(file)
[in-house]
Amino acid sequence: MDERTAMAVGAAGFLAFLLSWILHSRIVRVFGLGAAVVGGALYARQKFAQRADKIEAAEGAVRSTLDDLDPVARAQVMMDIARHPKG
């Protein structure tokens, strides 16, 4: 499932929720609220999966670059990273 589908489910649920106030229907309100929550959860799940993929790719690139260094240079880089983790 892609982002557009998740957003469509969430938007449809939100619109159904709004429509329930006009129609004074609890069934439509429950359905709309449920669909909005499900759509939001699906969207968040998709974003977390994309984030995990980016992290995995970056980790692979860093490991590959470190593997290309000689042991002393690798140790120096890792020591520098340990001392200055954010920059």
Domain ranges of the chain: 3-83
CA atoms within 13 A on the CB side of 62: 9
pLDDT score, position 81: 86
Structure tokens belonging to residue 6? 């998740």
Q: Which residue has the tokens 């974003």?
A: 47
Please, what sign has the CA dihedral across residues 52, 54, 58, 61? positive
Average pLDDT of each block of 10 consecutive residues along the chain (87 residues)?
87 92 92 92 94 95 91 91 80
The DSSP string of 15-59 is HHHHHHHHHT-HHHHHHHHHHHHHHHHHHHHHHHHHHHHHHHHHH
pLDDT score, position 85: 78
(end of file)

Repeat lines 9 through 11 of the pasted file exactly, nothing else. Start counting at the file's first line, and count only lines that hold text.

A: 47
Please, what sign has the CA dihedral across residues 52, 54, 58, 61? positive
Average pLDDT of each block of 10 consecutive residues along the chain (87 residues)?